According to a study by Javelin Strategy & Research the cost of identity theft in the United States from all sources rose to $54 billion in 2009 and affected 12 percent of all adults. One major source of identity theft are the viruses, trojans, worms and bots that McAfee targets with is products. Intel seems to be betting with this large purchase that this is a problem that is not going away soon.
“With the rapid expansion of growth across a vast array of Internet-connected devices, more and more of the elements of our lives have moved online,” Intel CEO Paul Otellini said in a statement. “In the past, energy-efficient performance and connectivity have defined computing requirements. Looking forward, security will join those as a third pillar of what people demand from all computing experiences.” – via CNet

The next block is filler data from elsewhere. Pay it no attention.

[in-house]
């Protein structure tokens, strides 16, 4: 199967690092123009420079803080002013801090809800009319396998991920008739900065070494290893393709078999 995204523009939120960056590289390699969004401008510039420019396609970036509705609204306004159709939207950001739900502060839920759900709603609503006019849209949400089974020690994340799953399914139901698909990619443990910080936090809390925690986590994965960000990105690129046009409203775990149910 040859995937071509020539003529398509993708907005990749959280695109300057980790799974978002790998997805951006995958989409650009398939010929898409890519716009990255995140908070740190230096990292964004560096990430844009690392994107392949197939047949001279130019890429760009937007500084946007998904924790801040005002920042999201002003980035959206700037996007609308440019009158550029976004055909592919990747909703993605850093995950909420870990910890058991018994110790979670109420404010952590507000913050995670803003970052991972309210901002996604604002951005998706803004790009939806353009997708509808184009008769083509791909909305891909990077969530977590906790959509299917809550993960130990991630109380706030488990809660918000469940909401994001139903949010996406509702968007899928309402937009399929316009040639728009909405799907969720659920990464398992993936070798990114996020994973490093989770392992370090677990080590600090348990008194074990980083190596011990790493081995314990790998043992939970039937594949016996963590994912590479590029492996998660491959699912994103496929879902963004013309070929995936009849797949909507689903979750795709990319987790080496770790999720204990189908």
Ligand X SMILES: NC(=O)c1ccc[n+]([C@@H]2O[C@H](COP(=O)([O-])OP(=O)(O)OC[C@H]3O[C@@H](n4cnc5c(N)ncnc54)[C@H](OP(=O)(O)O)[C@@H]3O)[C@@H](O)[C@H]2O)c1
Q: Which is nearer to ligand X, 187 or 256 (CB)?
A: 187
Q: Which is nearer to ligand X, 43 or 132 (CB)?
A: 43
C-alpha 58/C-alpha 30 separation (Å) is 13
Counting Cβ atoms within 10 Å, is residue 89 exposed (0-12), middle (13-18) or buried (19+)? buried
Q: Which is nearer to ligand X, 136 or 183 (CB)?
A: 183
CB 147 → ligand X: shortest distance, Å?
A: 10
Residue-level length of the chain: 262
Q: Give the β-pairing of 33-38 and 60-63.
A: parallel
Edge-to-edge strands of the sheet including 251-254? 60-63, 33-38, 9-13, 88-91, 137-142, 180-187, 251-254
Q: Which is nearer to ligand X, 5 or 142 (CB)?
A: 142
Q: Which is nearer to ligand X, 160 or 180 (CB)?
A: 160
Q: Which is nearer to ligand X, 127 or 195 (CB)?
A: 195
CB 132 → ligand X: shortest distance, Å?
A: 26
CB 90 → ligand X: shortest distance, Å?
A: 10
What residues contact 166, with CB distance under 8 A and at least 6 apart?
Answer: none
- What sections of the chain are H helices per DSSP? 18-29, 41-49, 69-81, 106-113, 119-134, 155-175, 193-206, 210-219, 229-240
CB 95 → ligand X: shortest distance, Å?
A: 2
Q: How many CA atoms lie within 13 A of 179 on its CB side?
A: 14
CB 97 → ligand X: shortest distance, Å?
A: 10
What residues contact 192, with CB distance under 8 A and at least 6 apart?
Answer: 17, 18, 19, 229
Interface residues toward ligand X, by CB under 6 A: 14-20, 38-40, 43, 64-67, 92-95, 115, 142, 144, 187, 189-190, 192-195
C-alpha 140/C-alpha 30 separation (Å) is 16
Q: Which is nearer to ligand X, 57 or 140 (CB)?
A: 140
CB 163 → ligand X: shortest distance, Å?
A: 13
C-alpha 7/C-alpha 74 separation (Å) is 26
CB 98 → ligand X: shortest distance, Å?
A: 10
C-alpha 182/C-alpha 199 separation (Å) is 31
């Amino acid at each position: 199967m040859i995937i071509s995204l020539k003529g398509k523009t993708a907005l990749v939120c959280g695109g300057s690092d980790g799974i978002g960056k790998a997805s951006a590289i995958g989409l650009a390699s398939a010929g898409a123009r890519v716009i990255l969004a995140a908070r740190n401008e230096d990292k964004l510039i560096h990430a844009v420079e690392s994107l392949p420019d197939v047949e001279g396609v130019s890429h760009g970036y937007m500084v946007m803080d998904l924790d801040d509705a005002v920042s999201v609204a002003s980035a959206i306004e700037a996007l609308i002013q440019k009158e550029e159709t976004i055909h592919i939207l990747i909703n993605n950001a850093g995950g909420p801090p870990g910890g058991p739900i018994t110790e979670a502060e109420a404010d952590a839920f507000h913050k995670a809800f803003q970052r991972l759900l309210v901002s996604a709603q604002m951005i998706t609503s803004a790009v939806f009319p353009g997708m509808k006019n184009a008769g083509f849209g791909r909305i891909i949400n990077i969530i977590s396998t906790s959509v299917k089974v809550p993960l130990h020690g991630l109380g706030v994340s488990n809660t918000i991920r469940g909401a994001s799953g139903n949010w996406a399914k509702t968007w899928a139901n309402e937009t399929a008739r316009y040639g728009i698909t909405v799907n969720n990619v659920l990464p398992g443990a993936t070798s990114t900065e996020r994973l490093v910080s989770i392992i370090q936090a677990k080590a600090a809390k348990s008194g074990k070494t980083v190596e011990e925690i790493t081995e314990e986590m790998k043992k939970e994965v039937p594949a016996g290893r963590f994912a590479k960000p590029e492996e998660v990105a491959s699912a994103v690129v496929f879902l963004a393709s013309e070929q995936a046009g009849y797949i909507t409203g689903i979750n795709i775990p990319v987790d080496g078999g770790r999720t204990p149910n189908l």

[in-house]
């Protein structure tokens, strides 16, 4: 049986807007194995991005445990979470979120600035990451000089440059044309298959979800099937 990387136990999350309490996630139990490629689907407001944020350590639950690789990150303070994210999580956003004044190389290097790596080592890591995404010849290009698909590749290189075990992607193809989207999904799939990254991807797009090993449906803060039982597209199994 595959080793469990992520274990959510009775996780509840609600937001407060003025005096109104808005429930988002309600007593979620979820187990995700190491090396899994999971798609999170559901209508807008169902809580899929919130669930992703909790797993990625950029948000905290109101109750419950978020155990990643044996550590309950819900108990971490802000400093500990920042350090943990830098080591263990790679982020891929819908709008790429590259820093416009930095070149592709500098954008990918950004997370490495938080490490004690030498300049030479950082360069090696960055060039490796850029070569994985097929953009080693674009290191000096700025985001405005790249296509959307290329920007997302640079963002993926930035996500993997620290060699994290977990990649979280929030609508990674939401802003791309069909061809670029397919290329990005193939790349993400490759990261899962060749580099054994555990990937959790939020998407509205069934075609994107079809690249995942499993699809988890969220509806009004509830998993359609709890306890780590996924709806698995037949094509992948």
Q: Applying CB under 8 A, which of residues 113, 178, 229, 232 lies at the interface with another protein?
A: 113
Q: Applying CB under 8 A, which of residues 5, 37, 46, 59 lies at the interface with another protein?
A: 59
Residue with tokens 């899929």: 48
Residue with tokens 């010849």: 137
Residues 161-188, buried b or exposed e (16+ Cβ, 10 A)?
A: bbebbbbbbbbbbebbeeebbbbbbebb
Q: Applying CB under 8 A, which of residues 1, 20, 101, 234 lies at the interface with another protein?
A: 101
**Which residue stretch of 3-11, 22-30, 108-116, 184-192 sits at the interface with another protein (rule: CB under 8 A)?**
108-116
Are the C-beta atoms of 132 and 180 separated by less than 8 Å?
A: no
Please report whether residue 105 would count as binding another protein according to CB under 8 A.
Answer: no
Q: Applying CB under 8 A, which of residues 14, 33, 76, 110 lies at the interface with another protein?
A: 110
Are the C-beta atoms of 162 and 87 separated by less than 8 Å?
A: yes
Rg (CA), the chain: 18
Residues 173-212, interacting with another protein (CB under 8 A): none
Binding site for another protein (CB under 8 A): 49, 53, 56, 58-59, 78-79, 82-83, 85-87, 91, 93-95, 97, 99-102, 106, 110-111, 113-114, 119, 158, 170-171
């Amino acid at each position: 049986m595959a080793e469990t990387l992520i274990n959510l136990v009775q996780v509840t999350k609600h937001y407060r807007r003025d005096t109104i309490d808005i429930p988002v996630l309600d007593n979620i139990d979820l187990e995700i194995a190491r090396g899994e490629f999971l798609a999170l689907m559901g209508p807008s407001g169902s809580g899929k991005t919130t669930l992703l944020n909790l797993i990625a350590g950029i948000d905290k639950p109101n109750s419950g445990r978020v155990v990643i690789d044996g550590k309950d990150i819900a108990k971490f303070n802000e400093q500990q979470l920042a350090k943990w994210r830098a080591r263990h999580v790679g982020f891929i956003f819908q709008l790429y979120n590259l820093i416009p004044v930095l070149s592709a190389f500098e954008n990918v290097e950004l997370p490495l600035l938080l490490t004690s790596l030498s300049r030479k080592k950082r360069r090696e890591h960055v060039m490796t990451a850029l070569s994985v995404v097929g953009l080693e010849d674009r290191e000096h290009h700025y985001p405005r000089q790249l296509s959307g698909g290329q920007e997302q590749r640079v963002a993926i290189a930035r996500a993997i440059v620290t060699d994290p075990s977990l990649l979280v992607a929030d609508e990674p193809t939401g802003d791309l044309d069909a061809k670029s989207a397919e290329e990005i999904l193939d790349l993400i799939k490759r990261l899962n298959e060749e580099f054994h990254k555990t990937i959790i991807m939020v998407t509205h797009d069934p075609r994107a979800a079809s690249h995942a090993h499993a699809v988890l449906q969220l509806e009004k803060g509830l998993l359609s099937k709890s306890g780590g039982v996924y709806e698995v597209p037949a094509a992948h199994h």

McAfee is also making more products involving wireless security which Intel sees as part of a larger mobile and wireless strategy.
The number of connected devices is expected to grow from around 1 billion today to 50 billion in another 10 years, according to McAfee CEO Dave DeWalt. This growth will reshape opportunities in communications and commerce, he said in a video presentation, but cybercriminals and cyberterrorists will also take advantage of the Net’s open architecture, putting users at risk and jeopardizing the future of the Internet. Tackling next-generation cybersecurity is a key reason and motivation for Intel and McAfee to join forces, DeWalt said. – via CNet